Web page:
In other public forums, he was an outspoken leader in the desegregation movement. He was also elected to the U.S. Congress from South Carolina. During his congressional career he fought for racial integration.

Hiram Revels

Hiram Revels was the first African-American to serve in the U.S. Congress and served as a U.S. senator from Mississippi from 1870-1871. While serving in the senate, he was often classified as a moderate Republican. He strongly advocated against the legal segregation of African-Americans and whites in educational settings. Another signature position was his support for amnesty for Confederate war veterans if they proved their loyalty to the nation. He was willing to work with those of diverse views if it meant moving towards unity to heal a wounded nation.

Prior to serving in the U.S. Senate, Revels was a member of the Mississippi state senate and a Methodist preacher and helped organize churches. He also worked to found schools.  During the Civil War he served as a chaplain in some of the African-American regiments and helped recruit troops to serve in the Union army. Although born free, he sought to educate the enslaved prior to the war and actively remain involved in education following the Civil War. Hiram Revels was a great American and hero in the African-American community. His accomplishments should be recognized and studied in schools today as he was one of the most prominent figures during the Civil War and Reconstruction era.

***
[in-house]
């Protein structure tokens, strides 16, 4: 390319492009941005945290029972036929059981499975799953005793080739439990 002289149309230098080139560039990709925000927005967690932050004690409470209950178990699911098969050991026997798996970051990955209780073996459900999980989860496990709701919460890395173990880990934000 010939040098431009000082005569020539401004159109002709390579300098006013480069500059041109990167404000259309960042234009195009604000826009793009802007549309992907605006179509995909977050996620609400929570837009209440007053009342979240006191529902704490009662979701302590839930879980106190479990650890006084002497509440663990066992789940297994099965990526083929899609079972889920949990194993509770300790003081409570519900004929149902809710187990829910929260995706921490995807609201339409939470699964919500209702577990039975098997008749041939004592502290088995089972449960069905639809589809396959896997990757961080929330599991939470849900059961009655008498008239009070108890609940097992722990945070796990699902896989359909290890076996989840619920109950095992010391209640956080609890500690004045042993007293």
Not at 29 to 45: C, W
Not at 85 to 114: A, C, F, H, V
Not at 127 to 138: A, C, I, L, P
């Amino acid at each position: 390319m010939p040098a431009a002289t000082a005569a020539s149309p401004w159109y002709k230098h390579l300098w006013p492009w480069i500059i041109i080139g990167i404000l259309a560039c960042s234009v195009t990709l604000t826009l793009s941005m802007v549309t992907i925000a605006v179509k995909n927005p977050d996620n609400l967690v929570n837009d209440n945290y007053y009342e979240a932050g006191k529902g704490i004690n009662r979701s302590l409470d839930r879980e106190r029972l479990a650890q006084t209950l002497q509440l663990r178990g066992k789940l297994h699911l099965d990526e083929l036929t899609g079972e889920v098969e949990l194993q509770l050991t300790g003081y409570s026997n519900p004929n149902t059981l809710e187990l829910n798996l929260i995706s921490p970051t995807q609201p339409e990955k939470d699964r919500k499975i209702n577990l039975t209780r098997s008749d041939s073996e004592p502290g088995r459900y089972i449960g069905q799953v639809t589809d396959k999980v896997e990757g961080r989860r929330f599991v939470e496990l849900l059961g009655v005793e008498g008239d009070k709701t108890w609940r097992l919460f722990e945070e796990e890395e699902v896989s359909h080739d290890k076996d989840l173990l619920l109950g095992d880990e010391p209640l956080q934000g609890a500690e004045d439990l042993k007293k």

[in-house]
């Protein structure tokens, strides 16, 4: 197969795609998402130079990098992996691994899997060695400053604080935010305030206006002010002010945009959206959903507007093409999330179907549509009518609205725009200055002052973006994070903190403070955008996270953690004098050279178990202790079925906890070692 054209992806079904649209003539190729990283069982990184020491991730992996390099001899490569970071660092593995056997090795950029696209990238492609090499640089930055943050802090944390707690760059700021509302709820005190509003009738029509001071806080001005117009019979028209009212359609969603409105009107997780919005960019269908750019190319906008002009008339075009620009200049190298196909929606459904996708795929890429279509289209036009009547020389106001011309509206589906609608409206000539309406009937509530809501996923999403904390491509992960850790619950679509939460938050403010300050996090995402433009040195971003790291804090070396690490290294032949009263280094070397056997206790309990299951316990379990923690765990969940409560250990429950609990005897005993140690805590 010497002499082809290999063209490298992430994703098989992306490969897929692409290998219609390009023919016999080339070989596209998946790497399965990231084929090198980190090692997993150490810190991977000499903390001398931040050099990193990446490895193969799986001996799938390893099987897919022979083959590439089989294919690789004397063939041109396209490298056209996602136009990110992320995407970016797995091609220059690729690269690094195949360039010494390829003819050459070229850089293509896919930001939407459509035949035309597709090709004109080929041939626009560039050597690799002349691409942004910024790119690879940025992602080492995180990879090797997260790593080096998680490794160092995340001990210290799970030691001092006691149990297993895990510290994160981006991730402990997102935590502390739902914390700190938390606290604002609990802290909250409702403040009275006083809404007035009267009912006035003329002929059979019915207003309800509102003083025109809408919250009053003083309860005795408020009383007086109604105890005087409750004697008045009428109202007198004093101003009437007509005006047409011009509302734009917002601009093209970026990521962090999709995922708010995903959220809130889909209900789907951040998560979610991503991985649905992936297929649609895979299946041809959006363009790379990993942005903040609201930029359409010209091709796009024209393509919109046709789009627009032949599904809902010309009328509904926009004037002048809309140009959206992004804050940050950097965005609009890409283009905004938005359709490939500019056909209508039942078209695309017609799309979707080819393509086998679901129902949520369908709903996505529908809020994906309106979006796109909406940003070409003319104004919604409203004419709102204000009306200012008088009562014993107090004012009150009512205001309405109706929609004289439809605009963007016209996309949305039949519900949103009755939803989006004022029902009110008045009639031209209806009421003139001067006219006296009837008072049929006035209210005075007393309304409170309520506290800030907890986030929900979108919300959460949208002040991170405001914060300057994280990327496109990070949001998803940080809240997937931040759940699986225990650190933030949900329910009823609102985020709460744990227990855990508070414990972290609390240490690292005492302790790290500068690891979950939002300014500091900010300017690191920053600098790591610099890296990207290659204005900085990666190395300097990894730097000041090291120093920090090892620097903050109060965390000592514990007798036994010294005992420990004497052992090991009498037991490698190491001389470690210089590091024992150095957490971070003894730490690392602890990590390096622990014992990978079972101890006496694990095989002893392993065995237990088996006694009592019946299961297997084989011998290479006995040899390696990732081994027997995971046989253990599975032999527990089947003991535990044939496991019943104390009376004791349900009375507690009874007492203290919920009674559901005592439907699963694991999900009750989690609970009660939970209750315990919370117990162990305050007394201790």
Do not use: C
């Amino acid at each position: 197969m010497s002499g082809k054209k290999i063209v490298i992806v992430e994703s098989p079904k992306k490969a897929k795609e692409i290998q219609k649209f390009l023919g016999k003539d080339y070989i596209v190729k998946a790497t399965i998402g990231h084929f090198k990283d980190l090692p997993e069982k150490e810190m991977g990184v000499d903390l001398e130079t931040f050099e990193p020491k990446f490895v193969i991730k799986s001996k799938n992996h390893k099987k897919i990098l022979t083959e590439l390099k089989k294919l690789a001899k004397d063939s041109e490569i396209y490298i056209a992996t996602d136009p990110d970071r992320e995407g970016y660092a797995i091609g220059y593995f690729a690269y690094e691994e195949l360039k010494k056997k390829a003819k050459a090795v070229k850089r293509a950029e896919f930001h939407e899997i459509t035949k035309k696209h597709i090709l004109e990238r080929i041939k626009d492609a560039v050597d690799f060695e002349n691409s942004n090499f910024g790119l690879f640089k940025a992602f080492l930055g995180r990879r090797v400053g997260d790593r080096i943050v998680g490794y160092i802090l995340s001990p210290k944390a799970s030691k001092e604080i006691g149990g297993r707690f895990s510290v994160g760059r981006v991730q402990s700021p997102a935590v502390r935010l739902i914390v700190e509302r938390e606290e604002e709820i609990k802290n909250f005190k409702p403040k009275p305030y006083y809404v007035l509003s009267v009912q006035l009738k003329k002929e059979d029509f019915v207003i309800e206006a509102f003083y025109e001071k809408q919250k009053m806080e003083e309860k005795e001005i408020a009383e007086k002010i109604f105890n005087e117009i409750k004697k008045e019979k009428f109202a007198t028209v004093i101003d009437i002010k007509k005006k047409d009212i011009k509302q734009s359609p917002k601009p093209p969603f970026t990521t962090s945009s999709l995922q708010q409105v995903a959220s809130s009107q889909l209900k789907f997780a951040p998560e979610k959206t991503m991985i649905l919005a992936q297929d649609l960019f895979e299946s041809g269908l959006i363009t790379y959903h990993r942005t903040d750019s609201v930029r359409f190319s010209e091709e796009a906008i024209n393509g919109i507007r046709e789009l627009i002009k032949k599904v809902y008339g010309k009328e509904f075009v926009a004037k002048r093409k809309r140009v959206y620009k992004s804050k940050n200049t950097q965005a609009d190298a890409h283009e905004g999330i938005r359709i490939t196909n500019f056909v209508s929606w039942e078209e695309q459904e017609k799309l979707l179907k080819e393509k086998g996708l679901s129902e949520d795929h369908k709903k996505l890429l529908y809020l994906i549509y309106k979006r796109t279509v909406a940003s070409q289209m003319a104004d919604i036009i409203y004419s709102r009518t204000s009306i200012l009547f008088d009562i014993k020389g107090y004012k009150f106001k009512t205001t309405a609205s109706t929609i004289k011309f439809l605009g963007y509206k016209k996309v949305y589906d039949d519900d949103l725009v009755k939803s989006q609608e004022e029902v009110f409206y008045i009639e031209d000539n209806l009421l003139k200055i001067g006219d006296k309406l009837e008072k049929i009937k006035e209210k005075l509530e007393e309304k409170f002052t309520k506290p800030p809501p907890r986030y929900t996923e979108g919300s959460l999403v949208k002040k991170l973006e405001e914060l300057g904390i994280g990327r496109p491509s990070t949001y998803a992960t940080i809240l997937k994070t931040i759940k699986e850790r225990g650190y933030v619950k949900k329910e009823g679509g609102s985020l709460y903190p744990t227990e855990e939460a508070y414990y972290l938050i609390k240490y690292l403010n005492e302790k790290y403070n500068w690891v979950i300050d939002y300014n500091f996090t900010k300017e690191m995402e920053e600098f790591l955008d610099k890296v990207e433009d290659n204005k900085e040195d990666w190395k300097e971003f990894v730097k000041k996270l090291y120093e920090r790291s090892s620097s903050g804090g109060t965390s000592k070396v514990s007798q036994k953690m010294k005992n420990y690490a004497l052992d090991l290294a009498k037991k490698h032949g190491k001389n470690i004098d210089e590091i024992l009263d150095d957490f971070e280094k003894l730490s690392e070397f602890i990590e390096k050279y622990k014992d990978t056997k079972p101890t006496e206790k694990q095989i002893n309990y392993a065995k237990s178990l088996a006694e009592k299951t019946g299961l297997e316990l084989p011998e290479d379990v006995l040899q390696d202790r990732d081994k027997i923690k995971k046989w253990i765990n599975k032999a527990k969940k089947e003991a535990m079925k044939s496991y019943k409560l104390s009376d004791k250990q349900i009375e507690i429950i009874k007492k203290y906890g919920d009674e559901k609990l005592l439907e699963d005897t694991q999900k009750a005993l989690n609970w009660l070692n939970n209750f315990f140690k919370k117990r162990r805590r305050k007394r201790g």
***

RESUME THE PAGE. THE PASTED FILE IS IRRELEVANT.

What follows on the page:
Modern Day

Daniel Cameron

Daniel Cameron, a former Louisville football player and staffer to Senator Mitch McConnell was elected as the first African-American Attorney General of Kentucky in 2019. He is considered a rising star on the national scene. He already has gotten off to a good start and has led in being a part of national litigation advocating for pro-life laws to go into effect.

John James

John James is a West Point grad and served in the Iraq War. After working as a successful businessman, he ran for the U.S. Senate in Michigan, narrowly losing to Democrat incumbent Debbie Stabenow. He was the closest a Republican came to defeating a Democratic senate candidate in 20 years. He is running again for a U.S. Senate seat in 2020 against Democrat Gary Peters. James is looking to become the first African-American senator in Michigan’s history. With his foreign policy savvy and strong communication skills, he was a finalist for the UN Ambassadorship position. He is considered another rising star in the national political scene.


Overall, African-American leadership has become an integral part of our nation’s history. Our country has been blessed with several African-American leaders that fought through adversity facing them in society to reach influential positions and help shape American policy. There are many well-known figures studied in schools and that have become prevalently focused on in American society, however, there are many others that seem to have been passed over when reflecting on historical significance. It is encouraged that we look to explore these forgotten ones and the leadership that they brought to this nation. It is also helpful to take a watchful eye into the future with promising and aspiring leaders that are bound to one day make a difference and continue to inspire Americans everywhere.